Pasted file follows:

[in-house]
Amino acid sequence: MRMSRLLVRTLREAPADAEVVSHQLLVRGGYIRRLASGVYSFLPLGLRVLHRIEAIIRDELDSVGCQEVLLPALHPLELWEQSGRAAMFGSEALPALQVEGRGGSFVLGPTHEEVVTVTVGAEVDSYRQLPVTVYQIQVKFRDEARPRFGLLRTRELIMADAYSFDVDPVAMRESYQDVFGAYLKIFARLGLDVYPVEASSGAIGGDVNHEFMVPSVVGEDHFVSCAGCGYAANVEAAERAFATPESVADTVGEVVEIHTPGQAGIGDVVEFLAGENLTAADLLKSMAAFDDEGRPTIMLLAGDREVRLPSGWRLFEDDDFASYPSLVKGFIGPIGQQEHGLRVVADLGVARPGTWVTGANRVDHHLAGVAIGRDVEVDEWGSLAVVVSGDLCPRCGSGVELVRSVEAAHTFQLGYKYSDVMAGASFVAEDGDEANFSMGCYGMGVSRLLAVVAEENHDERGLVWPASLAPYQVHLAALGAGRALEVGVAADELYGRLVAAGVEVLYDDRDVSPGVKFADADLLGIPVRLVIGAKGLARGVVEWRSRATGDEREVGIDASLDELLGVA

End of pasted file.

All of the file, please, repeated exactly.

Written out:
[in-house]
Amino acid sequence: MRMSRLLVRTLREAPADAEVVSHQLLVRGGYIRRLASGVYSFLPLGLRVLHRIEAIIRDELDSVGCQEVLLPALHPLELWEQSGRAAMFGSEALPALQVEGRGGSFVLGPTHEEVVTVTVGAEVDSYRQLPVTVYQIQVKFRDEARPRFGLLRTRELIMADAYSFDVDPVAMRESYQDVFGAYLKIFARLGLDVYPVEASSGAIGGDVNHEFMVPSVVGEDHFVSCAGCGYAANVEAAERAFATPESVADTVGEVVEIHTPGQAGIGDVVEFLAGENLTAADLLKSMAAFDDEGRPTIMLLAGDREVRLPSGWRLFEDDDFASYPSLVKGFIGPIGQQEHGLRVVADLGVARPGTWVTGANRVDHHLAGVAIGRDVEVDEWGSLAVVVSGDLCPRCGSGVELVRSVEAAHTFQLGYKYSDVMAGASFVAEDGDEANFSMGCYGMGVSRLLAVVAEENHDERGLVWPASLAPYQVHLAALGAGRALEVGVAADELYGRLVAAGVEVLYDDRDVSPGVKFADADLLGIPVRLVIGAKGLARGVVEWRSRATGDEREVGIDASLDELLGVA